As 2019 gets into gear, there is a simple question that comes with a very difficult answer. Is the bull market that has raged since March of 2009 dead, or is it merely looking to find its footing on less stable ground? The year 2018 brought on major waves of volatility, and the end-of-year performance saw the Dow Jones industrial average (DJIA) post its worst December dating back to the Great Depression of the 1930s. It might seem easy on the surface to think it’s time for equity investors to just throw in the towel.
The actual DJIA index closed at 23,327.46, for a 5.6% loss in 2018, after 2017 brought gains of 25% on the Dow and more than 19% on the S&P 500. An alternative calculation for the Dow, represented by the so-called Diamonds ETF (DIA), in an effort to include the ever-important dividends, lost 8.5% in December alone and that wrecked the year to make for a 3.7% loss in 2018.
Asking whether the bull market is dead for 2019 comes with some rather cloudy views. 24/7 Wall St. conducts an annual review of the 30 Dow members for a forecast of how the market as a whole would be expected to perform in any given year. This may sound contrarian, or even ironic, but the outlook for 2019 was the first time in many years where the forecast’s methodology seemed to not reflect all the recent market volatility and expected headwinds facing the market in 2019.
There are many caveats and issues to consider here, but the preliminary 2019 consensus-based forecasting has offered up a likely target of 28,000 on the DJIA in 2019.
As for how this model worked in 2018 and in prior years, this can be reviewed easily. The 24/7 Wall St. model basically targeted the DJIA at 26,400 in 2018. That looks way off the end of year’s close of 23,327.46, but it actually was within about two percentage points of the 2018 all-time high of 26,951.81. Also worth noting was that the model’s Dow 26,400 target was breached in just the first three weeks of 2018. And then came the first wave of major volatility, followed by more, and then more. This same model forecast an 8.4% gain in the Dow suggested 21,422 in 2017, but the actual move was a 25% gain to 24,719.22 at that year’s end. That’s why these targets need to regarded with some skepticism. Other annual calculations and forecasts are also available.
The major stock indexes of the Dow, S&P 500 and Nasdaq underperformed the consensus estimates in 2018 after having outperformed every single large brokerage firm’s Wall Street strategist expectations by a wide margin in 2017. Now comes the hard part of determining whether to bail out entirely on stocks in 2018, or whether it’s time to hold your nose and commit money back into the stock market.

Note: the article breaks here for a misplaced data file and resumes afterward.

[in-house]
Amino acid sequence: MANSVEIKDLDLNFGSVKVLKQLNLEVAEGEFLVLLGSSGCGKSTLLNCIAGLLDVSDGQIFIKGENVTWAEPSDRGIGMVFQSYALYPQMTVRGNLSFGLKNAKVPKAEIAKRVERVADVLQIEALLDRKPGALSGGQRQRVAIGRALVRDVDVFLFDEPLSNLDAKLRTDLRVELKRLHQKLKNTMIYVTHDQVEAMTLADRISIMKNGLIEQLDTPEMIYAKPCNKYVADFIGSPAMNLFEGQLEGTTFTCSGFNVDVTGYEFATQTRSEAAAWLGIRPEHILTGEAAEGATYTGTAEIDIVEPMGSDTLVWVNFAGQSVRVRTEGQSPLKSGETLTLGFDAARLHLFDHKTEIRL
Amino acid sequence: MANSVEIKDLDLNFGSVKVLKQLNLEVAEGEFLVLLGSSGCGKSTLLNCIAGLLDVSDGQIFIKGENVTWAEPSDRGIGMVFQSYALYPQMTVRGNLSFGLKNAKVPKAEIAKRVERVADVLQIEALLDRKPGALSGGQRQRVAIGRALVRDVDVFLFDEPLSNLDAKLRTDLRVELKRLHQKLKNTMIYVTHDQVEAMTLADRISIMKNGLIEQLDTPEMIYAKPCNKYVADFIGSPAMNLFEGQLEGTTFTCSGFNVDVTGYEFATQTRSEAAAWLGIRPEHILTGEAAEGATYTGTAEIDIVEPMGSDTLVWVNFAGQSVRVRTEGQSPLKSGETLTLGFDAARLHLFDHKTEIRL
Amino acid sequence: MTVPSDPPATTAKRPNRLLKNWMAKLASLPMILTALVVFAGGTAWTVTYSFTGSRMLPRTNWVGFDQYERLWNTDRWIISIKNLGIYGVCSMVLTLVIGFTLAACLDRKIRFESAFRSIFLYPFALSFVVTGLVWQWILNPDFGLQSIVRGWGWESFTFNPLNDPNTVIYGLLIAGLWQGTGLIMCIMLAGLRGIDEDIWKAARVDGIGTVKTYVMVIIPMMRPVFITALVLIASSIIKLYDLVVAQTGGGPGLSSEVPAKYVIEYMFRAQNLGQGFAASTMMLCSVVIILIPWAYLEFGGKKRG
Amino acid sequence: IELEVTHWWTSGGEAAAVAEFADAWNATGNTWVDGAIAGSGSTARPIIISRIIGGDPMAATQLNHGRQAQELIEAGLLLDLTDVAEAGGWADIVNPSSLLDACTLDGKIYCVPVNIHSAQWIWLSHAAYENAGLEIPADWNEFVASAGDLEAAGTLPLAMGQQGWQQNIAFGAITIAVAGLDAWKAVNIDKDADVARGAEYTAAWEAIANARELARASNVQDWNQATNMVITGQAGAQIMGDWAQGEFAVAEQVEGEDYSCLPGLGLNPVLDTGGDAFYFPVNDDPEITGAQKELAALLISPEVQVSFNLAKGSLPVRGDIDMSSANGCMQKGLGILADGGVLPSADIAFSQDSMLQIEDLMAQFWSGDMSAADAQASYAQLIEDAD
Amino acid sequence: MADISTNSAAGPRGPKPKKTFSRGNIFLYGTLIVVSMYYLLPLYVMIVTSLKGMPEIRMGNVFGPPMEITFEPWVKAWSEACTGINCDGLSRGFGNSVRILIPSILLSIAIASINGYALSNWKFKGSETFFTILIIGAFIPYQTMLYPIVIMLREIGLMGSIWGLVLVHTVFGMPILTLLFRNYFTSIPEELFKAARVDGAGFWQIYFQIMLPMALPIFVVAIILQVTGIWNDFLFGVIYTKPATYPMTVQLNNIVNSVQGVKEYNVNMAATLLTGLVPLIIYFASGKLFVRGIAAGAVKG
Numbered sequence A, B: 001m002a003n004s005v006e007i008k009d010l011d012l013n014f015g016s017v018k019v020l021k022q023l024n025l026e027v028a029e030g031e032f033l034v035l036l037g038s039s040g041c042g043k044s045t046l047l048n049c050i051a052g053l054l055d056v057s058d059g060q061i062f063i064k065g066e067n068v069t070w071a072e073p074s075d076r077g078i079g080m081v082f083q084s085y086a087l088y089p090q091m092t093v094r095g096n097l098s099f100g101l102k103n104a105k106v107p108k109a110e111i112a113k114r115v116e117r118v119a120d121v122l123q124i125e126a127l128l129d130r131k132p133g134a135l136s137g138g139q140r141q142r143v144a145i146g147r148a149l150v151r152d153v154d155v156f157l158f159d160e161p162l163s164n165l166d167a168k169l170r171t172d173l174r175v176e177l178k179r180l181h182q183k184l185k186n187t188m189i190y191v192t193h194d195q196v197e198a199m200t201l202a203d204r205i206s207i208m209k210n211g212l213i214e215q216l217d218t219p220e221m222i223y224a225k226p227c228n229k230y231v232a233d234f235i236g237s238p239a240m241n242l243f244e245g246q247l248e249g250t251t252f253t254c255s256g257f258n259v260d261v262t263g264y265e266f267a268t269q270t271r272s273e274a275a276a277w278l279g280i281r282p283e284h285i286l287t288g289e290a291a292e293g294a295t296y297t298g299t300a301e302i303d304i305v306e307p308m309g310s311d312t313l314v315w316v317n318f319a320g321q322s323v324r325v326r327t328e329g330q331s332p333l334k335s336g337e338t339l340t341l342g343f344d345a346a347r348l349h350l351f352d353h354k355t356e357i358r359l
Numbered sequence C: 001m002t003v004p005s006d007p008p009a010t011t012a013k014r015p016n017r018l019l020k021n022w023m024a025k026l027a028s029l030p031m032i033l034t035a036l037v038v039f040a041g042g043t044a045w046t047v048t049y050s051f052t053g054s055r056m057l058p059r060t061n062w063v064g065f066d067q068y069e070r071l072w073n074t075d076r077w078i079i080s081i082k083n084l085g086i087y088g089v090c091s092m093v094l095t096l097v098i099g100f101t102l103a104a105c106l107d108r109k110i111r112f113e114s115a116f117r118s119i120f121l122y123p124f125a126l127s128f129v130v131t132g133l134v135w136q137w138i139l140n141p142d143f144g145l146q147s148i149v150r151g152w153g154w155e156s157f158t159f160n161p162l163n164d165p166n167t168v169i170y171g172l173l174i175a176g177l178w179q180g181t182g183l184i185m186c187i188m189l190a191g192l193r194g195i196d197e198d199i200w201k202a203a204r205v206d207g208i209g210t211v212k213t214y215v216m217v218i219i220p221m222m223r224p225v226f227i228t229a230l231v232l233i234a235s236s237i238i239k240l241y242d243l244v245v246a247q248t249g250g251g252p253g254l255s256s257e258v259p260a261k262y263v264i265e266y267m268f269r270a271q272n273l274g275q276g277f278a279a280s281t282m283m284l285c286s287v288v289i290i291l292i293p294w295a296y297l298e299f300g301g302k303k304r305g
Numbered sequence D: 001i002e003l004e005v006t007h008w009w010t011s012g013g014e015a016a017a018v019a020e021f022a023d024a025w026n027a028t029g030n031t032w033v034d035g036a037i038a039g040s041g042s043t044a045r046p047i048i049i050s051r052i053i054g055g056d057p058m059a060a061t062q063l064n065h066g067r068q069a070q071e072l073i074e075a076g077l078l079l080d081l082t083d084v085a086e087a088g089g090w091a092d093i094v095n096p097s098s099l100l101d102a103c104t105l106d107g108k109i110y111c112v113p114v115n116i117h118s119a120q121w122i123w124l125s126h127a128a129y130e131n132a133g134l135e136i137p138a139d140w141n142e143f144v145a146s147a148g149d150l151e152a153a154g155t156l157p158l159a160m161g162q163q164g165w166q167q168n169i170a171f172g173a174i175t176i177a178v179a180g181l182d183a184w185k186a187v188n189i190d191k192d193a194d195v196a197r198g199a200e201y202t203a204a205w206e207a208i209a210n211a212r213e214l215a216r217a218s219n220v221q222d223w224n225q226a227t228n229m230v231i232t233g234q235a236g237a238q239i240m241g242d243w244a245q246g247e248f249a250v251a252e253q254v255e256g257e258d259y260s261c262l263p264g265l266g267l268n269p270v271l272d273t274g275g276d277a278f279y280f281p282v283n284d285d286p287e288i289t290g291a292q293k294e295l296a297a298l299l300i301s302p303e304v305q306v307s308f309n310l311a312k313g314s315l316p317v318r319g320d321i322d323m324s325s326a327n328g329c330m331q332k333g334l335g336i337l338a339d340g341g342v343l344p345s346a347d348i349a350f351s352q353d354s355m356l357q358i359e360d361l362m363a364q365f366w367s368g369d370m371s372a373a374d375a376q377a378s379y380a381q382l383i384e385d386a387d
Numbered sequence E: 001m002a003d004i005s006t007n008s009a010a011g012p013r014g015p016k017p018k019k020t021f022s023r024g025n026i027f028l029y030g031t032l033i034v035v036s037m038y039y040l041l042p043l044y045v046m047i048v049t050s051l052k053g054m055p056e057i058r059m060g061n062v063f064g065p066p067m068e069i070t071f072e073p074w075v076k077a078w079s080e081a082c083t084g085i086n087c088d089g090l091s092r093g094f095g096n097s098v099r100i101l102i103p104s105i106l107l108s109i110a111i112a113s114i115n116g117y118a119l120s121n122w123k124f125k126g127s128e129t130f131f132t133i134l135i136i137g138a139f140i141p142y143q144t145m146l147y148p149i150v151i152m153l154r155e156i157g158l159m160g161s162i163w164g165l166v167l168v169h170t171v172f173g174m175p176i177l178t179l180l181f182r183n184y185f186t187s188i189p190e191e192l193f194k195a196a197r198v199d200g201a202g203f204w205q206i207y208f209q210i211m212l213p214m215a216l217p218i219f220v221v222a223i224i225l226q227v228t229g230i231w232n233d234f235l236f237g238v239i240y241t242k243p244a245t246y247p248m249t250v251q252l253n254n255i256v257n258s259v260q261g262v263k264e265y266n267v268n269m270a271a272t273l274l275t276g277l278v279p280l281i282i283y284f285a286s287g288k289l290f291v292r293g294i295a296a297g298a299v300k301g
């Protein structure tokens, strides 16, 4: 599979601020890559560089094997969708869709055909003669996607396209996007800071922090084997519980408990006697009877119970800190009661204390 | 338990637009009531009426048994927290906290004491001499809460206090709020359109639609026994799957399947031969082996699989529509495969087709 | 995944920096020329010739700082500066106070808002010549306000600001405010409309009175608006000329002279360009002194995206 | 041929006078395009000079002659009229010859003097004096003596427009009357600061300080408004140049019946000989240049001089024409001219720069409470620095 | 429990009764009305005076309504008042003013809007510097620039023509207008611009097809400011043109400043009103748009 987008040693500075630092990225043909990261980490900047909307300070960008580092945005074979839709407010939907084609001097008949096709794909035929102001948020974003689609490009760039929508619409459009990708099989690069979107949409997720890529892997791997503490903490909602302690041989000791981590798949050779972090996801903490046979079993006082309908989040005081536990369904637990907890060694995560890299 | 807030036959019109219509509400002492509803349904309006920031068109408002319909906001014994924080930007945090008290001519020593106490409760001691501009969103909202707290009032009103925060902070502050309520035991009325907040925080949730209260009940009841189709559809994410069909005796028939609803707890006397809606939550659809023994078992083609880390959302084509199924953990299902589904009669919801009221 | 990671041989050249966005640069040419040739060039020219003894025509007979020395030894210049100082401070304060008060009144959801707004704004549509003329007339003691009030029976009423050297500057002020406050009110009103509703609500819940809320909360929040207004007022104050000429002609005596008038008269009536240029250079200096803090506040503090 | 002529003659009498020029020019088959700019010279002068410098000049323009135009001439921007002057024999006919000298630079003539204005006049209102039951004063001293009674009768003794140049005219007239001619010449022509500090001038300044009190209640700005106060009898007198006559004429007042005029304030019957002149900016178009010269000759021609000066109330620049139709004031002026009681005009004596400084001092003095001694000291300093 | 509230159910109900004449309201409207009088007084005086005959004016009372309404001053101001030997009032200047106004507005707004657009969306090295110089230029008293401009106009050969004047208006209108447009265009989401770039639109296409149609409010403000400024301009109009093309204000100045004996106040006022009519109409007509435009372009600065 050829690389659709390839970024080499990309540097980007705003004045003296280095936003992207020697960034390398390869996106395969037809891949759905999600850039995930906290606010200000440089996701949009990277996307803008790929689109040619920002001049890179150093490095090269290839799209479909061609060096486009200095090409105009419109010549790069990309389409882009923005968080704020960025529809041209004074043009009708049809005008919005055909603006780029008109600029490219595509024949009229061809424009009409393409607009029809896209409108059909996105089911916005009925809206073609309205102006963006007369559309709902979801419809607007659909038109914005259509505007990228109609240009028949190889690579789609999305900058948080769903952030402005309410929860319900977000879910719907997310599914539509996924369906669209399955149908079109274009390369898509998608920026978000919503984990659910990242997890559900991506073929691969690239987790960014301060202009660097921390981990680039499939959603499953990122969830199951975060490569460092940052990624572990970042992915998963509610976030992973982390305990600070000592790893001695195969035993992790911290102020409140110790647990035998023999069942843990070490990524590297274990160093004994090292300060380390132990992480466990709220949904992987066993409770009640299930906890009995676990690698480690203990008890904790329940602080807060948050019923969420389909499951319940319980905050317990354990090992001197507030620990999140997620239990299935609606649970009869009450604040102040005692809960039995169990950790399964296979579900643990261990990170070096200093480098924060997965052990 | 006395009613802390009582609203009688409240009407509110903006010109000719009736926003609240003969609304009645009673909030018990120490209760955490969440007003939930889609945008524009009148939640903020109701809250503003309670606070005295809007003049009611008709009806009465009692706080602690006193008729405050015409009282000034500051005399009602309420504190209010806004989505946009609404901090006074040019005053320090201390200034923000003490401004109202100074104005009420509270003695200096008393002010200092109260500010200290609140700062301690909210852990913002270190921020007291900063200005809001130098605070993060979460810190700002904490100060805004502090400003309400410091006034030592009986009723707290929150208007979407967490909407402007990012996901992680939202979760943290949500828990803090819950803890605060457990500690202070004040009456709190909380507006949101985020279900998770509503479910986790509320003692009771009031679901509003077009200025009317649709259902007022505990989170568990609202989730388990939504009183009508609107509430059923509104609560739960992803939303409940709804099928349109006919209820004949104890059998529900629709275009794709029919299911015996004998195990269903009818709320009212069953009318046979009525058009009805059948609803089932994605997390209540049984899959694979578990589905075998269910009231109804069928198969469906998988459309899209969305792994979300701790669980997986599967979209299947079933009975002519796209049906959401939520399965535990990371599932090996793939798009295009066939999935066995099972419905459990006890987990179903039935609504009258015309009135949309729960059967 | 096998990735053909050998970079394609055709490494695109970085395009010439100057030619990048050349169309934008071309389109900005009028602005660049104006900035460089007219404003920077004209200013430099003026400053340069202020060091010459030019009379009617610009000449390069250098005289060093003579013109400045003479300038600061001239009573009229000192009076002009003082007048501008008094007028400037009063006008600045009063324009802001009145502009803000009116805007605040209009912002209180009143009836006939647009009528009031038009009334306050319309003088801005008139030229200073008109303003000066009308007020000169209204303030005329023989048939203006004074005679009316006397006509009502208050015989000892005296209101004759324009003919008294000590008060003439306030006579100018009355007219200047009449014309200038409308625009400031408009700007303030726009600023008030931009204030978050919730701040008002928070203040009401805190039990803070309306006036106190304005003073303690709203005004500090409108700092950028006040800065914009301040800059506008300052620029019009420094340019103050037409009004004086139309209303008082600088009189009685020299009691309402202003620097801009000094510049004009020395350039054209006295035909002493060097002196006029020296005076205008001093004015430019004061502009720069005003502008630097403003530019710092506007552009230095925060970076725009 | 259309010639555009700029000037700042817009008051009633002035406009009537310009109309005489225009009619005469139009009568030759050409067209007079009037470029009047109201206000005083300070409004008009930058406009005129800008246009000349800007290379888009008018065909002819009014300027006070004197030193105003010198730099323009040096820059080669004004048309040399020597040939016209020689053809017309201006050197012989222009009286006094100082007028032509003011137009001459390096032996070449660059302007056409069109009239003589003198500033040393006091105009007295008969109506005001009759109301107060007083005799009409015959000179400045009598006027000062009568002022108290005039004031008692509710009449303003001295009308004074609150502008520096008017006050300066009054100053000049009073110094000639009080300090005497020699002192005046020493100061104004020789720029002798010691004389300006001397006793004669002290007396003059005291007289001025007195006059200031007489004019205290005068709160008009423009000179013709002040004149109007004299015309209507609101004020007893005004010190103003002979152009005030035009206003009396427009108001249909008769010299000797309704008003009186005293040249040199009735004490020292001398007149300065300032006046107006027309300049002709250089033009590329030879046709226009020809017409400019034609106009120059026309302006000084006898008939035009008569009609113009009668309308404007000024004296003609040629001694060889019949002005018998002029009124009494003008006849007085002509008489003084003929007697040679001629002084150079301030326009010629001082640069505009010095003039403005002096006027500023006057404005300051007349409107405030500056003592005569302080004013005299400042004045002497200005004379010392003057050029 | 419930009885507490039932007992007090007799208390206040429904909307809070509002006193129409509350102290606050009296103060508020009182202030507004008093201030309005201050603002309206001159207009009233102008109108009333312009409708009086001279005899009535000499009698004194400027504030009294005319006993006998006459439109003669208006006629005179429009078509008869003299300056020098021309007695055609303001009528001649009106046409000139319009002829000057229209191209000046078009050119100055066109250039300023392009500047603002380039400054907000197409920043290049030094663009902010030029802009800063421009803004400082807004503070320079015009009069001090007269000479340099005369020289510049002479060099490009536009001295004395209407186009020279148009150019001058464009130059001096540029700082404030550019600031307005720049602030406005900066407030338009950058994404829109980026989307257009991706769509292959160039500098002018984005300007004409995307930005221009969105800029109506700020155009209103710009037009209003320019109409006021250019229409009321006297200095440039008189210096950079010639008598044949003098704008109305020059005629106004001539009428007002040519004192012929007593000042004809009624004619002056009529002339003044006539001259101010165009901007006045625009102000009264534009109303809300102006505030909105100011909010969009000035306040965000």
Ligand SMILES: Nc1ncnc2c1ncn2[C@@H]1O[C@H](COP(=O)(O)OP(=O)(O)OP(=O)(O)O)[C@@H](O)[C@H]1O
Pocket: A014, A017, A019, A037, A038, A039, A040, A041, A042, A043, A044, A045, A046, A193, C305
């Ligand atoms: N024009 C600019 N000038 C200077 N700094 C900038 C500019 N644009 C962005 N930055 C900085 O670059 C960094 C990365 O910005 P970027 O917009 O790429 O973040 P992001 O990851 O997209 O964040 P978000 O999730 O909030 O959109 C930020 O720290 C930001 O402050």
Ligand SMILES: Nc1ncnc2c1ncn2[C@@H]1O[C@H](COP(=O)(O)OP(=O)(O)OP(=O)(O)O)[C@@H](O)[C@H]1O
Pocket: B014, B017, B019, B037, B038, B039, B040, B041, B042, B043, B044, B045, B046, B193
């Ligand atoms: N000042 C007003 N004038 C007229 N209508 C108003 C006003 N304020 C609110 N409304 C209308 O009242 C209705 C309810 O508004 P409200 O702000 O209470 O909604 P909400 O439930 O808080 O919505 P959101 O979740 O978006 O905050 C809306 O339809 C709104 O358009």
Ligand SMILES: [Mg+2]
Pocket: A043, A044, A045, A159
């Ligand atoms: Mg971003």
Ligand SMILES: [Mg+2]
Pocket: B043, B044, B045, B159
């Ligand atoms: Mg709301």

One issue that the financial media tracks is the pullback from the high for determining a correction (10% down) or a bear market (20% down). The Dow’s 23,327.46 close for 2018 actually was down 13.4% from the peak of 26,951.81, giving the press the right to publish that the stock market is now somewhere in between correction and bear market territories. And the so-called bear market territory was nearly breached at the lows of December 2018, if you go back to before that record-breaking one-day rally of 1,000 points on the Dow.
After the passage of tax reform and after seeing gross domestic product (GDP) growth actually surpass that prior 4% barrier in 2018, there are myriad risks in 2019 that just have not been in the cards heading into any recent years. This year will have to contend with resolving international trade issues with China, a continued tempering of trade hostilities within the old NAFTA, Brexit, a Federal Reserve that wants to keep raising interest rates, and a potential inversion of the yield curve. Also worth factoring in are slower earnings and sales growth, slowing GDP, a slower yet pricier housing market, tighter credit standards, a new gridlock in Congress that is expected to be rather ugly and hostile, and a slew of presidential candidates all targeting the nation’s top job for 2020. And the financial media has been sounding the warning signs of a hangover-and-rate-induced recession ahead for most of 2018. This convergence of factors is almost mind-numbing compared to prior bull-bear cycles.
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